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Myofascial Release - How Does It Work?

By Author: Duncan McGechie
Total Articles: 9

The vast majority of people, confronted with the words "myofascial release" would look at you in blank astonishment. This is because it is a medical term that is really only understood by medical practitioners, but it can be a very useful tool in dealing with pain of all sorts in the body.

It is a fact that you can have a pain in one part of your body which has nothing to do with that part but is a "reflection" of a pain somewhere else. To give a very simple example, you could have a pain in your lower back which is actually the result of a problem in your left shoulder. The problem in your left shoulder is called a "trigger point" because it triggers the pain in your lower back. According to the medical website WebMD (www.webmd.com) "Myofascial pain syndrome (MPS) is a fancy way to describe muscle pain. It refers to pain and inflammation in the body's soft tissues."

"MPS is a chronic condition that affects the fascia (connective tissue that covers the muscles). It may involve either a single muscle or a muscle group. In some cases, the area where a person experiences the pain may not be where the myofascial pain generator is located. Experts believe that the actual site of the injury or the strain prompts the development of a trigger point that, in turn, causes pain in other areas. This situation is known as referred pain."

In order to understand about myofascial release we first need to understand what fascia is. Perhaps the simplest way of describing it is found on the website Deep Recovery (https://deeprecovery.com). It is described as follows: "Imagine a very strong dew-covered spider web encircling a shrub. And between the gaps in the threads is a clear gel, rather than air. If you can picture this, then you're on your way to understanding fascia. This three-dimensional complex matrix threads itself throughout our body, surrounding our muscles, organs, nerves, bones, blood vessels and even our cells. Everything is held together and in place by fascia. It is impressively flexible and infinitely adaptable."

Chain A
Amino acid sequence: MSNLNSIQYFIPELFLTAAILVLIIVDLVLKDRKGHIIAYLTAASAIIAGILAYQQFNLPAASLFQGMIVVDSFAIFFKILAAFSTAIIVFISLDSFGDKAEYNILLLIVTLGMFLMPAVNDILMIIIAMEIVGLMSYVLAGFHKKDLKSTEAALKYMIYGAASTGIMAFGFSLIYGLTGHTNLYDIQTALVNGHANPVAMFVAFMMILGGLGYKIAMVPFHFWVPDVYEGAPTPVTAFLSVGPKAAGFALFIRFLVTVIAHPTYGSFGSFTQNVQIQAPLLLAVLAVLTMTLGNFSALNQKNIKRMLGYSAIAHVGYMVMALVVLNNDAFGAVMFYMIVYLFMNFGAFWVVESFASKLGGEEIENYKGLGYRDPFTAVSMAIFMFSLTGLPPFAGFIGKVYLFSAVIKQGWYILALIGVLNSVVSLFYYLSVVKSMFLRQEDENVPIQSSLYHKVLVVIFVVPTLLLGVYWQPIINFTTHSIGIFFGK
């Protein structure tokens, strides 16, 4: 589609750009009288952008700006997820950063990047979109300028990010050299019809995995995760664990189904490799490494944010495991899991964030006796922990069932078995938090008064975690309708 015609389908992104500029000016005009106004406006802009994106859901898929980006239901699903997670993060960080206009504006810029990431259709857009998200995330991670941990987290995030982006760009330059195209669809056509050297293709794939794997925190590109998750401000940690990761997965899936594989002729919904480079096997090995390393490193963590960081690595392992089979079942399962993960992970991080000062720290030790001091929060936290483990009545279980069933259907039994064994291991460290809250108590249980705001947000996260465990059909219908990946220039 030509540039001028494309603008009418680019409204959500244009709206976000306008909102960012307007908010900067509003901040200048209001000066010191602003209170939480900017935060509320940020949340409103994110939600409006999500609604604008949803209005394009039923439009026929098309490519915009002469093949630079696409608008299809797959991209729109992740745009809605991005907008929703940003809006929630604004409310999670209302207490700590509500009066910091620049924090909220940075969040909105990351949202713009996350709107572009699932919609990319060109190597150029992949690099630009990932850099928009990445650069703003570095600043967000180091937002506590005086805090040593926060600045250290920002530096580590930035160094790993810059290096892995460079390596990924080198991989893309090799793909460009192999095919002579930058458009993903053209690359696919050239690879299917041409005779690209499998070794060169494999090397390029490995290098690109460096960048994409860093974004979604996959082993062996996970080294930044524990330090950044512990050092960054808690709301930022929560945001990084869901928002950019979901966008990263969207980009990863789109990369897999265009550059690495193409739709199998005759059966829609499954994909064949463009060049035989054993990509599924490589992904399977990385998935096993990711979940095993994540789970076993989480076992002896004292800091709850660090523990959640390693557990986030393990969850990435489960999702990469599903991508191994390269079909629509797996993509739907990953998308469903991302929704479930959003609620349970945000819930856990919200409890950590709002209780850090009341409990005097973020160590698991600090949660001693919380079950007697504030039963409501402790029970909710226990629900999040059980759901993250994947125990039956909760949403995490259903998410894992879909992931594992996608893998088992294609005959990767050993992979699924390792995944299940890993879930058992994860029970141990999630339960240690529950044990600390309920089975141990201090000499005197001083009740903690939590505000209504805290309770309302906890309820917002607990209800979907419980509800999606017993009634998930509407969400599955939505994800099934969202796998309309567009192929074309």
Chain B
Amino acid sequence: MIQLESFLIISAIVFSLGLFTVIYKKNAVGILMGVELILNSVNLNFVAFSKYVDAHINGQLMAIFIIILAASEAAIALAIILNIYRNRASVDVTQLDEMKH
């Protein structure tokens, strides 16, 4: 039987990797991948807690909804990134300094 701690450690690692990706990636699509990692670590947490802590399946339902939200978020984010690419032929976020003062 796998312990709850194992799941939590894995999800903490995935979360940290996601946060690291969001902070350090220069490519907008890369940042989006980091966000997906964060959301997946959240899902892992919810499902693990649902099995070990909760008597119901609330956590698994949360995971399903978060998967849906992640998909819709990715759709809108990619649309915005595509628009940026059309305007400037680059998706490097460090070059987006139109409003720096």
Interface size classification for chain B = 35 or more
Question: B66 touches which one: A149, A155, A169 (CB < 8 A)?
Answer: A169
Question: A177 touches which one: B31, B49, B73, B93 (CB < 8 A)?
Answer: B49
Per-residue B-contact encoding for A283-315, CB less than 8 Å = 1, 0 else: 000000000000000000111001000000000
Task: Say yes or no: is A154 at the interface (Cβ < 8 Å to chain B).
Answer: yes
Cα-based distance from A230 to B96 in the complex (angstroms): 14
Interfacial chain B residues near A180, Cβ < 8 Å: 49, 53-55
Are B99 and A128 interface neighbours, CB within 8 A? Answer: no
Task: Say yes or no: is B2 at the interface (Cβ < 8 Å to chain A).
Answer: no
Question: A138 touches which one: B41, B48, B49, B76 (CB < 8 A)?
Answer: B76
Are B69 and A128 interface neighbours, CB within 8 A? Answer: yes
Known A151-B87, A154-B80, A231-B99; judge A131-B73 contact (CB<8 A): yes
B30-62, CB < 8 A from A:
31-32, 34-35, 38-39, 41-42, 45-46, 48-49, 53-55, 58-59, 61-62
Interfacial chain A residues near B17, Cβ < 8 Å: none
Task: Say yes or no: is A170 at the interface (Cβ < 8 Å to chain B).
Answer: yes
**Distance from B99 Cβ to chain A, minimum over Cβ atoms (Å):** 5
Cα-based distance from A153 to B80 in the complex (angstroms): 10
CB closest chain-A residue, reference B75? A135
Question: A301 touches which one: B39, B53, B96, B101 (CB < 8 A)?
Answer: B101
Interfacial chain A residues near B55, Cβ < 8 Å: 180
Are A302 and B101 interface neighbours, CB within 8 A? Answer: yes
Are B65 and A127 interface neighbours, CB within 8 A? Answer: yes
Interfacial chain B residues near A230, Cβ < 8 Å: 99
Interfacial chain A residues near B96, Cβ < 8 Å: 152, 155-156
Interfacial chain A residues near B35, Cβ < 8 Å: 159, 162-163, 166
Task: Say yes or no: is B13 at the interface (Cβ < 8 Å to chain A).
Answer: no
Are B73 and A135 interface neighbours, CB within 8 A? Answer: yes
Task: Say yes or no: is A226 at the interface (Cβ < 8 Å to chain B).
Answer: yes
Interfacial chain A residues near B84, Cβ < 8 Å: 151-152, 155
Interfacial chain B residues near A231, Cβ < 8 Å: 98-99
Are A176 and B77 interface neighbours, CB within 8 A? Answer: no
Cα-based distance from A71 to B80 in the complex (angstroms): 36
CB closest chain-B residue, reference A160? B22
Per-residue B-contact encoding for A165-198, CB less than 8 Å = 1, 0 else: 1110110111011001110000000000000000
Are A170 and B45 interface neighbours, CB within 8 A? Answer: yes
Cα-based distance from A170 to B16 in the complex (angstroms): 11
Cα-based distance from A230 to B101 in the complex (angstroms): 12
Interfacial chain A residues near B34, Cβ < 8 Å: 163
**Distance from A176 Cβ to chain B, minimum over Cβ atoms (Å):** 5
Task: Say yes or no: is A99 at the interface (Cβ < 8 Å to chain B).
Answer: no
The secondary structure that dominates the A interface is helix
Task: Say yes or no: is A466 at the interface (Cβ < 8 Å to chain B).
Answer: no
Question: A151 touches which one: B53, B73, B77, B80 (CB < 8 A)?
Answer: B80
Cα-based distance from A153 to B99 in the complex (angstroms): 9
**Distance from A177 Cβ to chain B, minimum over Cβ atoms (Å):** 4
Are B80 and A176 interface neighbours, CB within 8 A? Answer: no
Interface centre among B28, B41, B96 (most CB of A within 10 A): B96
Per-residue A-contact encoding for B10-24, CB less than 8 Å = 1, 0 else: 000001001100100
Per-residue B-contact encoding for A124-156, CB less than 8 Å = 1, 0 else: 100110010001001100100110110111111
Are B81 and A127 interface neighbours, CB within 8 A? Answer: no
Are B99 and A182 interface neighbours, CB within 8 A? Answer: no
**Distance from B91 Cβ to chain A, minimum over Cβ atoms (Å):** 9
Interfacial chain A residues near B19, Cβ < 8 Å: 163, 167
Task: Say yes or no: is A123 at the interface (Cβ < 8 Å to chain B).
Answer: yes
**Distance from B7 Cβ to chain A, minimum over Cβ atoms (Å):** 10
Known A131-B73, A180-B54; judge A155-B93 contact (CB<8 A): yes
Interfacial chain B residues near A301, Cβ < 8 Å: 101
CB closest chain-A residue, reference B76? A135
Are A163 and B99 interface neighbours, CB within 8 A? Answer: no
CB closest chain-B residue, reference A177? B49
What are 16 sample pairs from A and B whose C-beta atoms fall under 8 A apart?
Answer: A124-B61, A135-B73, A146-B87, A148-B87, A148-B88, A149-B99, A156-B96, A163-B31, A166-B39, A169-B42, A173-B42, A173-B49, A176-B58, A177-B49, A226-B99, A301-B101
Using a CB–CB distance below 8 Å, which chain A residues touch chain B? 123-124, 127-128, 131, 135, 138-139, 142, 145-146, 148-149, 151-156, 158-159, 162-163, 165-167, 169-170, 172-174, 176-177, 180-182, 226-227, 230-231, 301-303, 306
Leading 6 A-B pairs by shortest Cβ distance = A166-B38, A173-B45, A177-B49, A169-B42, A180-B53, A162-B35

Here is the problem: the fascia is very strong and connected. This means that when a particular spot in it gets injured or caught or pulled it can have effects which run through the body, which is why you have that pain in your lower back which is caused by the problem in your left shoulder. Deep Recovery describes it as follows: "Ever pull a thread on a sweater only to find the whole thing bunching up on one side? That bunching is exactly what happens to fascia when our bodies experience stress, whether it's dehydration, injury, inflammation, repetitive activity-you name it."

The body reacts to pain by trying to protect itself. You can have a small amount of tissue damage, which can be from a physical cause or even something like shock or depression, and pain signals are sent to the spinal cord which sends a message to the brain. In turn, this causes the muscles around the trigger point to contract in order to try and protect the tissues in the area. However, this restricts blood flow to the area and leads to more contraction of the surrounding muscles.

The aim of myofascial release is to ease those muscles which have now contracted into hard knots and thus end the pain. The therapist will use pressure on the body tissues in a certain direction and will continue to do this until the pressure slowly leads to a point of resistance. Here the therapist will maintain the pressure for 60 - 90 seconds which actually allows the tissue to relax, and lets the muscle stretch out again instead of remaining in a knot. This has proven to be a very effective way of releasing the pain.

The techniques involved in myofascial release were originally developed some 90 years ago by one Ida Rolf who described the therapy as structural integration, but it became known as Rolfing after her. Despite the odd-sounding name, the fact is that it works very well and is certainly worth trying for any type of muscular pain.


Acubody Therapies uses myofascial release in order to relieve referred pain in many of its' clients. It can work extremely well where other forms of treatment have failed.

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